Starting a Conversation on Gun Violence
WASHINGTON - Today, U.S. Representative Mike Quigley (IL-05) urged his colleagues on the floor to break the silence, stop the violence, and start the conversation about the gun violence epidemic in America.
Below is a video and transcript of the speech.
Thank you Mr. Speaker.
Mr. Speaker, last week, nine parishioners were shot and killed inside Emanuel African Methodist Episcopal Church in Charleston, South Carolina, one of the oldest African American churches in the United States.
In the days following the horrific tragedy in Charleston, we pause to reflect and send our prayers to families grieving an unimaginable loss.
I wish this tragedy in Charleston was an isolated incident, but it seems to be part of a terrible recurring pattern.
After national tragedies, society should engage in a discussion about how to address and potentially prevent such tragedies from happening again.
Let’s remember that after Katrina we talked about FEMA and national readiness.
But the gun lobby doesn't want us to have this conversation. They accuse anyone who tries with exploiting the deaths of innocent people.
With that logic, we couldn’t talk about solutions when 13 people were killed and 8 were injured during a shooting at the Washington, D.C. Navy Yard.
Or after a person opened fire during a midnight screening of the film “The Dark Knight Rises” in 2012, killing 12 and injuring 58 others.
Or when 28 people were shot and killed, including 20 innocent children, at Sandy Hook Elementary School.
Or when a man shot 3 people and killed 7 others at a Sikh Temple in Oak Creek, Wisconsin.
Or when 14 people were shot and 6 were killed in 2011 during a constituent meeting hosted by our colleague, Congresswoman Gabby Giffords, in a supermarket parking lot in Tucson.
Or when a man opened fire at Fort Hood in Texas in 2009, killing 13 people, injuring 30 others.
Or in 2008 when a man opened fire on a lecture hall at North Illinois University, shooting 21 students and killing 6.
Or when a senior at Virginia Tech went on a shooting rampage on campus in 2007, killing 33 people and injuring 23 others.
Or when two seniors at Columbine High School attacked their classmates and teachers, wounding 24 and killing 15.
Or in Chicago and cities across the country, which experience gun tragedies every day.
Yet since I’ve come to this Congress nearly seven years ago, the People’s House has refused to hold even one hearing on the epidemic of gun violence we are facing.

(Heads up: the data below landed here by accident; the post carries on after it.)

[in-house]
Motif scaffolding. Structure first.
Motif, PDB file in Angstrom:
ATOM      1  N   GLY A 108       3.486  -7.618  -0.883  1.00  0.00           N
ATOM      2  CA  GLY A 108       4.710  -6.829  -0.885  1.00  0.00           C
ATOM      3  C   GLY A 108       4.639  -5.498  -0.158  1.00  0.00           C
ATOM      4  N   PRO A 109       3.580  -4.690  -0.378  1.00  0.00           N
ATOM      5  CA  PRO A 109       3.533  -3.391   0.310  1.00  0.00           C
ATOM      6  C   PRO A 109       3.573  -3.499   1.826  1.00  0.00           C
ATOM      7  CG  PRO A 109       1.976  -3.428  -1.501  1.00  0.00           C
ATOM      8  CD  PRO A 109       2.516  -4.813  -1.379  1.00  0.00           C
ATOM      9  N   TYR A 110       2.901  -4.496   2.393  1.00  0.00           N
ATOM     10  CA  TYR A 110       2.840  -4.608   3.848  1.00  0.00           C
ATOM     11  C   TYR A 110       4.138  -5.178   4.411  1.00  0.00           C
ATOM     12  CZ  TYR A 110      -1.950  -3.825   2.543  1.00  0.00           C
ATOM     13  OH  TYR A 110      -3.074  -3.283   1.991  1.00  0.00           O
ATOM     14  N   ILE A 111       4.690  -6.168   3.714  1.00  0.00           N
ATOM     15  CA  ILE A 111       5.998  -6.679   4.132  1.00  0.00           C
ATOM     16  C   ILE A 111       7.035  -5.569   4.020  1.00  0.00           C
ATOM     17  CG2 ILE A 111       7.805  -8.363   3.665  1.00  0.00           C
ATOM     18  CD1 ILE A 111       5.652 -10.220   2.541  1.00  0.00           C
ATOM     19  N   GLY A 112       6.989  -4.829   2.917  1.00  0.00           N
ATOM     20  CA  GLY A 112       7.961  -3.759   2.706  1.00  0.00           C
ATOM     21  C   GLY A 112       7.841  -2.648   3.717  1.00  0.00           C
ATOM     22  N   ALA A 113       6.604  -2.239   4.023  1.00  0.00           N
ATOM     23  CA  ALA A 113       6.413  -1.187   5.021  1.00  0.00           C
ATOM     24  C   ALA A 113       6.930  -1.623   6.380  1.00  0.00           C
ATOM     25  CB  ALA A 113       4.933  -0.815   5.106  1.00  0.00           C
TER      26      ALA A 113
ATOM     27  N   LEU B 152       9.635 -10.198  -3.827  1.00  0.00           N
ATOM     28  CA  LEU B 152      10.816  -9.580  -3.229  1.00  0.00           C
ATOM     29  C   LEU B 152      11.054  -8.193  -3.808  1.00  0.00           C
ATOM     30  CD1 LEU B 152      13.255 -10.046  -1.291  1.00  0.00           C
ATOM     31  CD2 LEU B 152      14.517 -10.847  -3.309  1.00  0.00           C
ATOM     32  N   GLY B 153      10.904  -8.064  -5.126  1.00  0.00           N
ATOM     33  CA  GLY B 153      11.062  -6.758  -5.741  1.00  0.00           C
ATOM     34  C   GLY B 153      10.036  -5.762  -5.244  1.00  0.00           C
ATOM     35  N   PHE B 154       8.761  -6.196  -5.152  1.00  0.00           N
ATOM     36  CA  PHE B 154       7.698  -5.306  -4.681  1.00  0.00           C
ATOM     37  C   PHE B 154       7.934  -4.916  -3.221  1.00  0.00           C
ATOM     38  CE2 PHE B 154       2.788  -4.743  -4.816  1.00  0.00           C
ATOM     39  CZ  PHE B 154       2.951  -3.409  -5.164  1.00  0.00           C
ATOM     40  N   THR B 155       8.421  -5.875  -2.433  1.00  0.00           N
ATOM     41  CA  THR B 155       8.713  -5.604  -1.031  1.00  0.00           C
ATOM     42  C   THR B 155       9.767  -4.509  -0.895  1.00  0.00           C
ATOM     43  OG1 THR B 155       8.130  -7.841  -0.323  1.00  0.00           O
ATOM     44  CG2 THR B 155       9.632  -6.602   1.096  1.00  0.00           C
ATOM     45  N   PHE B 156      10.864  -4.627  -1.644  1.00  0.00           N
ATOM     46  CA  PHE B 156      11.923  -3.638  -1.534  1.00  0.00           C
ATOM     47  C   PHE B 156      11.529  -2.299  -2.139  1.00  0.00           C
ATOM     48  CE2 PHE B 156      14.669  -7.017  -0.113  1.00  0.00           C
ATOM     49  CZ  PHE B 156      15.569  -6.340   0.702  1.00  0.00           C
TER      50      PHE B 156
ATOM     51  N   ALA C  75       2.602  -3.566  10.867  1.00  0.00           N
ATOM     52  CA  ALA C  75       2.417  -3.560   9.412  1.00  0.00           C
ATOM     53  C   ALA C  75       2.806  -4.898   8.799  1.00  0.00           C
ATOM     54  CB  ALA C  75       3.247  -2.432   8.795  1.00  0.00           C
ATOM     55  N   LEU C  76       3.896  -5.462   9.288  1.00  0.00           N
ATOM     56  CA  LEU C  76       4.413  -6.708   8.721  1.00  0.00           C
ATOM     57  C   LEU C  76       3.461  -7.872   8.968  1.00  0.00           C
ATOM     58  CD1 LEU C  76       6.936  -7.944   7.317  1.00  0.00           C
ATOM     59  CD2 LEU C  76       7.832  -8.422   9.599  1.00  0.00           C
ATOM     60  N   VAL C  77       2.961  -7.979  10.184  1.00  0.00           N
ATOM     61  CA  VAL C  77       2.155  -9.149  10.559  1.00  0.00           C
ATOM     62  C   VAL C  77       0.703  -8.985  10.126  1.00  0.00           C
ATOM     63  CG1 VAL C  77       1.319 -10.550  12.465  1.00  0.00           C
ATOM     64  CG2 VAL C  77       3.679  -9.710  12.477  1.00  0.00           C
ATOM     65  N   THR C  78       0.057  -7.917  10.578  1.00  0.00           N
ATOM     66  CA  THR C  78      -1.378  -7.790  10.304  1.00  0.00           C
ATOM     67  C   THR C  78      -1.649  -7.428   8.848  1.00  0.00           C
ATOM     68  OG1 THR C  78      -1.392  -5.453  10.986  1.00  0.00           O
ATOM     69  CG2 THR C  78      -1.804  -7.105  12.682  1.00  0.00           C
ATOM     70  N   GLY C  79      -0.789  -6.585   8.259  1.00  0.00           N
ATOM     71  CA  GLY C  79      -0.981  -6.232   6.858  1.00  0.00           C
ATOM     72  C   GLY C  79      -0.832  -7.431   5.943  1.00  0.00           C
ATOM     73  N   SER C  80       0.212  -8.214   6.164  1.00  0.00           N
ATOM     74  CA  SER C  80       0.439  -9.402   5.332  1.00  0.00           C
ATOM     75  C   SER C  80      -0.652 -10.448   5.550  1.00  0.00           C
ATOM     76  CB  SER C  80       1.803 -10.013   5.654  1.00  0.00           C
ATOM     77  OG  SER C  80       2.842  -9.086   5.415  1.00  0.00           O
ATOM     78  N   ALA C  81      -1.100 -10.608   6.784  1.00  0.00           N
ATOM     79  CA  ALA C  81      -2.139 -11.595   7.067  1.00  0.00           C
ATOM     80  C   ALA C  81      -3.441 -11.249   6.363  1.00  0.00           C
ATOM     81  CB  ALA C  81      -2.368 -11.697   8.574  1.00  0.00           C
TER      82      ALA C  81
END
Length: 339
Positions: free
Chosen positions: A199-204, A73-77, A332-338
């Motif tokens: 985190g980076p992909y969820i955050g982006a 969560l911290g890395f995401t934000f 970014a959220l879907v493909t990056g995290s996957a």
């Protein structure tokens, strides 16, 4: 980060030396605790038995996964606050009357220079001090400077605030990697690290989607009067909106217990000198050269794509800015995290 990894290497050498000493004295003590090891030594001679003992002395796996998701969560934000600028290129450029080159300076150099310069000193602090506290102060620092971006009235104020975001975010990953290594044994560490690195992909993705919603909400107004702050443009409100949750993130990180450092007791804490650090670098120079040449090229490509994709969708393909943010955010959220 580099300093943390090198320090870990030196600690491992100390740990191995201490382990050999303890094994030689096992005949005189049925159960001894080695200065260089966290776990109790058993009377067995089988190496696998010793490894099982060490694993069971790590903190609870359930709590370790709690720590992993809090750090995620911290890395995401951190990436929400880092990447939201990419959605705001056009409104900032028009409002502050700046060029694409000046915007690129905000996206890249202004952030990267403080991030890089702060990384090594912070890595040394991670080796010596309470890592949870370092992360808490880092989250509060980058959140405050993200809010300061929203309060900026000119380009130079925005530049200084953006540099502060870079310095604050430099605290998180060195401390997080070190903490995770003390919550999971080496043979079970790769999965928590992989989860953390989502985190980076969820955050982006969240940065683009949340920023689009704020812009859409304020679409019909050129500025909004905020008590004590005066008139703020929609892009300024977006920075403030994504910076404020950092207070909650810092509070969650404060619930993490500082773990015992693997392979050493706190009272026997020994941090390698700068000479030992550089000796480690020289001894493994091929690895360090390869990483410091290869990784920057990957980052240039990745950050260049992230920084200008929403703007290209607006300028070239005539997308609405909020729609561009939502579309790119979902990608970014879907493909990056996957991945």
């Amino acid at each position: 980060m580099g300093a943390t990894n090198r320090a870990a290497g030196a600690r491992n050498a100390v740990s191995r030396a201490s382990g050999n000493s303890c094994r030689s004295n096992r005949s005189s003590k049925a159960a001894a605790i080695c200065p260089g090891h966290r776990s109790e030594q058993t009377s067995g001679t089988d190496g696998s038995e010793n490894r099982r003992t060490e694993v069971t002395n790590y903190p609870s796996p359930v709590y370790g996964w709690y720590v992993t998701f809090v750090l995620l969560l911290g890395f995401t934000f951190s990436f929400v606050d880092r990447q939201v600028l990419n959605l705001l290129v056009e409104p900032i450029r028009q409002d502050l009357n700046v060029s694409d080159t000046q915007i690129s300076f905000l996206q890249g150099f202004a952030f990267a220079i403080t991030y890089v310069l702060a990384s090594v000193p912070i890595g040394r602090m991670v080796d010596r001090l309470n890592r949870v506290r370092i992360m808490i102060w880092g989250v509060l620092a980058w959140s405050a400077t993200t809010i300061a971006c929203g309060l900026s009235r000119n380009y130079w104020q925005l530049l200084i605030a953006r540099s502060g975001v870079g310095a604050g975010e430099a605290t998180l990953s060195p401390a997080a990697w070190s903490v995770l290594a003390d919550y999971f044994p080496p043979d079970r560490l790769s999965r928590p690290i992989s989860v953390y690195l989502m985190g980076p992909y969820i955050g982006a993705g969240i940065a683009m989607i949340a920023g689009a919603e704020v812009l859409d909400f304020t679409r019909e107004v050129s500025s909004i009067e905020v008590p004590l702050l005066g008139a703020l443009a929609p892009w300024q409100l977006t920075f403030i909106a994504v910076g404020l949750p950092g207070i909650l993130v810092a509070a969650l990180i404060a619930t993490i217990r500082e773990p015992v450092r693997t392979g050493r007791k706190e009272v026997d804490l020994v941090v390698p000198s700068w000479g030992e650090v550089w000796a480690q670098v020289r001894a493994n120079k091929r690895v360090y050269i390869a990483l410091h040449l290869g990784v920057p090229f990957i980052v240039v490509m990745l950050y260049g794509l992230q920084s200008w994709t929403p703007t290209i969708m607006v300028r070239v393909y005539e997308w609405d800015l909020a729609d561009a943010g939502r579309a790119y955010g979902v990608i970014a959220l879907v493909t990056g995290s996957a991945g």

Last Sunday ALONE in Chicago, 14 people were shot and one man was killed, all within the matter of hours.
In May, Chicago saw 300 people shot and 37 people killed in shootings.
Every day in America, 297 people are shot and nearly 90 people are killed by guns.
According to Harvard University researchers, the rate of mass shootings has increased threefold since 2011, occurring an average of every 64 days.
Let me repeat that, a mass shooting occurs in the U.S. on the average of every 64 days!
When will enough be enough?
When will we stand up and say: we may not be able to stop every crime, but we can stop some of them and at least minimize the damage of others?
When will we realize and acknowledge that this type of mass violence does not happen in other advanced countries?
When will we finally be able to have a national discussion about gun violence?
Instead the gun lobby stymies debate by arguing that no gun regulation can prevent criminals and the mentally ill from killing people with guns.
But I don't buy that. Sure, no single law or set of laws can prevent every act of senseless violence.
Ending the American epidemic of gun violence will require more than a change in law. It’s clear we need a change in our culture.
But oftentimes changing our culture STARTS with changing our laws. By enacting reasonable reforms, we can make a difference.
We can make it more difficult for would-be assassins to access guns.
We can ensure every gun in America is purchased after a background check, rather than only 60 percent of guns as is currently the case.
We can crack down on the flow of illegal guns onto our streets by improving gun trafficking data.
And, we can reduce the fatality rate by banning assault rifles and high-capacity magazines that are designed exclusively for killing dozens of people at once.
Let’s face it, when you have an assault rifle with a high capacity magazine, you are not hunting deer, you are hunting people.
The gun lobby tries to argue that any attempt to regulate gun access is an attempt to restrict gun access.
But there is such a thing as common-sense, middle ground gun reform and most gun owners support it.
Can we stop every shooting? No.
But can we reduce their frequency and deadliness? Absolutely.
The first step toward keeping dangerous guns out of the hands of dangerous people is to begin the conversation.
Let's break the silence, stop the violence, and start the conversation.
Thank you and I yield back.